11 Songs


About Ousia

Based in Minnesota, this quartet of electric guitars and synthesizers produces a music somewhere between trippy space rock and ambient electronica. It blends elements of ambient and drone music with something more pulsating. The existence of the group has been shaky since all members have other projects to attend to, but two albums came out so far, the 1997 Why Is That a 4? and the 2002 Face the Robot.

Keyboardist Jason Shapiro and guitarist/noise artist Paul Horn were collaborating on a piece for a performance at Intermedia Arts in September 1996. At the same time the latter was also working on drone music with guitarist/keyboardist Fred Teasley. Since both projects were approaching ambient music from different angles, he decided to bring them together and see what happened. The three of them started to write material. A month later bassist Dave Onnen was brought in and Teasley christened the quartet Blue Shift. Jason Ducklinsky jumped on board a few days before the group's debut at the first Future Perfect event (a series curated by Chris Strouth) on December 9, 1996.

In March of 1997, Blue Shift changed its name to Ousia (a term picked in Aristotle's Metaphysics) after being informed that at least two other U.S.-based bands were actively using the same name (one of them, a prog rock group from California, had just released their debut CD, Not the Future I Ordered). Around the same time, Ducklinsky bailed out. The quartet gave numerous performances in and around the state throughout 1997 and the first months of 1998, occasionally sharing the bill with Laibach, Skye Klad, Third Eye Foundation, and Windy & Carl. In September 1997 they released their first album on UltraModern. Both group and album won many end-of-year awards from the local press.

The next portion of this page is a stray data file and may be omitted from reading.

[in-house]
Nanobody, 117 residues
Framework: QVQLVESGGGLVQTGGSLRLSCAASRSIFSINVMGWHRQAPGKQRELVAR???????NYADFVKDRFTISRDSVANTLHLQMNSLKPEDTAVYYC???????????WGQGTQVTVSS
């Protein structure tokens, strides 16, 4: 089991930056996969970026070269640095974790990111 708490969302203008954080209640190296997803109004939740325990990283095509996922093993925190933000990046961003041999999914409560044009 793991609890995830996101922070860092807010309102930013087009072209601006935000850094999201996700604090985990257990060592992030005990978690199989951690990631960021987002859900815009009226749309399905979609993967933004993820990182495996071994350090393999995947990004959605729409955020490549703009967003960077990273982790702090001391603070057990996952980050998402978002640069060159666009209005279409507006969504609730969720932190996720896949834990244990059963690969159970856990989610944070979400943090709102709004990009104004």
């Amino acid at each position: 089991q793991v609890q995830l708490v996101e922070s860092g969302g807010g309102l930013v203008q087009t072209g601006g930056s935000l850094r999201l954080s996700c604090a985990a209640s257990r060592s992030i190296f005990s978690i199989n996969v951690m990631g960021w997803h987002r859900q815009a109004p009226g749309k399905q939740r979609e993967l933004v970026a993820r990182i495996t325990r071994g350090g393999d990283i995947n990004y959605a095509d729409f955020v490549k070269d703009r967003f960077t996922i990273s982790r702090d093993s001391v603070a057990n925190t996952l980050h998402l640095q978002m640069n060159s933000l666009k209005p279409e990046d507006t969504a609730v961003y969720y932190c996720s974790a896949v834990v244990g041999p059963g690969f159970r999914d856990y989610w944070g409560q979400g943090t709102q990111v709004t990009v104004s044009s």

In May 1998, feeling the idea was wearing out and despite the relative success, the members decided to split after one final appearance at Future Perfect V. Horn went on to make mostly home recordings and continued to collaborate with Shapiro as Alpha 61 (a track appears on the collective Future Perfect's 2001 CD The Nature of Time). Shapiro also performs with Ana Voog and free improv percussionist Milo Fine. Onnen joined the psych-rockers Skye Klad.

Out of the blue the group reformed in 2001, resumed live activities, and released Face the Robot on Mutant Music in March 2002. Around the same time, Horn, Onnen, Skye Klad drummer Matt Zaun, Glen Jones, and Mike Croswell teamed up in the group Di Dollari. ~ François Couture

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